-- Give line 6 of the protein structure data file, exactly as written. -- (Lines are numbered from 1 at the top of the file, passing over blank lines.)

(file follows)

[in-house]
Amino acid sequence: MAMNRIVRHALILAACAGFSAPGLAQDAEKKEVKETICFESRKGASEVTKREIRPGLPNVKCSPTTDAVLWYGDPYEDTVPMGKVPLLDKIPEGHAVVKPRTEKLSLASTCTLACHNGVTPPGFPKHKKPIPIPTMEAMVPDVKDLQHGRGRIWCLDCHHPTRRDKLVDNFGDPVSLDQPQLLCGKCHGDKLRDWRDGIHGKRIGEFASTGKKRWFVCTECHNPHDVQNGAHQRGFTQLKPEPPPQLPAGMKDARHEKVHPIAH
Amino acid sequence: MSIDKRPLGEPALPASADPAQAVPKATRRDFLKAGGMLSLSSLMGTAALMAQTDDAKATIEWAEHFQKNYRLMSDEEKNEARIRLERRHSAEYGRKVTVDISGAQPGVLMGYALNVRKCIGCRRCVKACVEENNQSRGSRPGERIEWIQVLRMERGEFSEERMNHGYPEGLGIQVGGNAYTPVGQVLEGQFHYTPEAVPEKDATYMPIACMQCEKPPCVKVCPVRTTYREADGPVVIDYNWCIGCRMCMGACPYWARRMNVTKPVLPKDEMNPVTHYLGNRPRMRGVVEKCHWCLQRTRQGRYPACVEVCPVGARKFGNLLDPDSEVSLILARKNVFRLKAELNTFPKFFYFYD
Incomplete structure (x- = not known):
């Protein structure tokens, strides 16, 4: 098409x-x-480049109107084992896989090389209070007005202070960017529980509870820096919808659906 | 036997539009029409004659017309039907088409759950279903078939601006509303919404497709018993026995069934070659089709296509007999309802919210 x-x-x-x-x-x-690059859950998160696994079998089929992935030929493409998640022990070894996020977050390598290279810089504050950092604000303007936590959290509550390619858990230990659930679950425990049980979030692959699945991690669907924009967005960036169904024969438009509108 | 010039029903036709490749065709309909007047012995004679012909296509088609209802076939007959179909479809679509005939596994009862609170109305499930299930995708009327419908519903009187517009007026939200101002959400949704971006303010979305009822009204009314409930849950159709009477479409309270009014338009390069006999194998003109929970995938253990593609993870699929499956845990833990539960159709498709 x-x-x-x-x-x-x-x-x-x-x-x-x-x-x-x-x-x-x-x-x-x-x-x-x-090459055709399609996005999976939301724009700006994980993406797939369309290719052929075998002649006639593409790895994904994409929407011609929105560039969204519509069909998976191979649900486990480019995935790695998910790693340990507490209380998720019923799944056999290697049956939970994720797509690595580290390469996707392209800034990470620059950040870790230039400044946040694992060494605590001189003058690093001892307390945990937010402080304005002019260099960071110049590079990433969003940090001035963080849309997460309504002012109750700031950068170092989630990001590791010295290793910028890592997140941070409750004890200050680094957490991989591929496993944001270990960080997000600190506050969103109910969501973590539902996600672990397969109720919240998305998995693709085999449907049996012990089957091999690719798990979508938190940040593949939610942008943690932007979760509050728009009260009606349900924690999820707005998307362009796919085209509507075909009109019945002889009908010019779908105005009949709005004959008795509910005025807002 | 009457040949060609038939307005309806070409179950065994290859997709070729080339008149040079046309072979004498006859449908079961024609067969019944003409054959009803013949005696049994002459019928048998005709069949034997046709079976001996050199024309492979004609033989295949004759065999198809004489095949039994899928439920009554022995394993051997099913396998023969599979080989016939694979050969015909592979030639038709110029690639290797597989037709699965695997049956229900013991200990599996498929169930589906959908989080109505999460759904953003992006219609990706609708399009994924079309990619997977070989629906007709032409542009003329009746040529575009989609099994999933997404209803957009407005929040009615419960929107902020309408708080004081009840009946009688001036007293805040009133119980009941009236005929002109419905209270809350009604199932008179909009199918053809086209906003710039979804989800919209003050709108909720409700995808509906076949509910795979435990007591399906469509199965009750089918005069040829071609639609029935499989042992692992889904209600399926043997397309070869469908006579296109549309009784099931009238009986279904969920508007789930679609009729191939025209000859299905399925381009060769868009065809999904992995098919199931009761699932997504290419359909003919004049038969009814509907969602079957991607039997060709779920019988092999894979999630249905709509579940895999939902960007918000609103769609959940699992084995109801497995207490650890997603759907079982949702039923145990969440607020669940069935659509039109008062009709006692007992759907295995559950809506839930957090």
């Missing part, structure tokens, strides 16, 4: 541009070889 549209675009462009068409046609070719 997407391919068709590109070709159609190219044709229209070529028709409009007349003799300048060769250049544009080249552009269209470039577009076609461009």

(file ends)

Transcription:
């Missing part, structure tokens, strides 16, 4: 541009070889 549209675009462009068409046609070719 997407391919068709590109070709159609190219044709229209070529028709409009007349003799300048060769250049544009080249552009269209470039577009076609461009």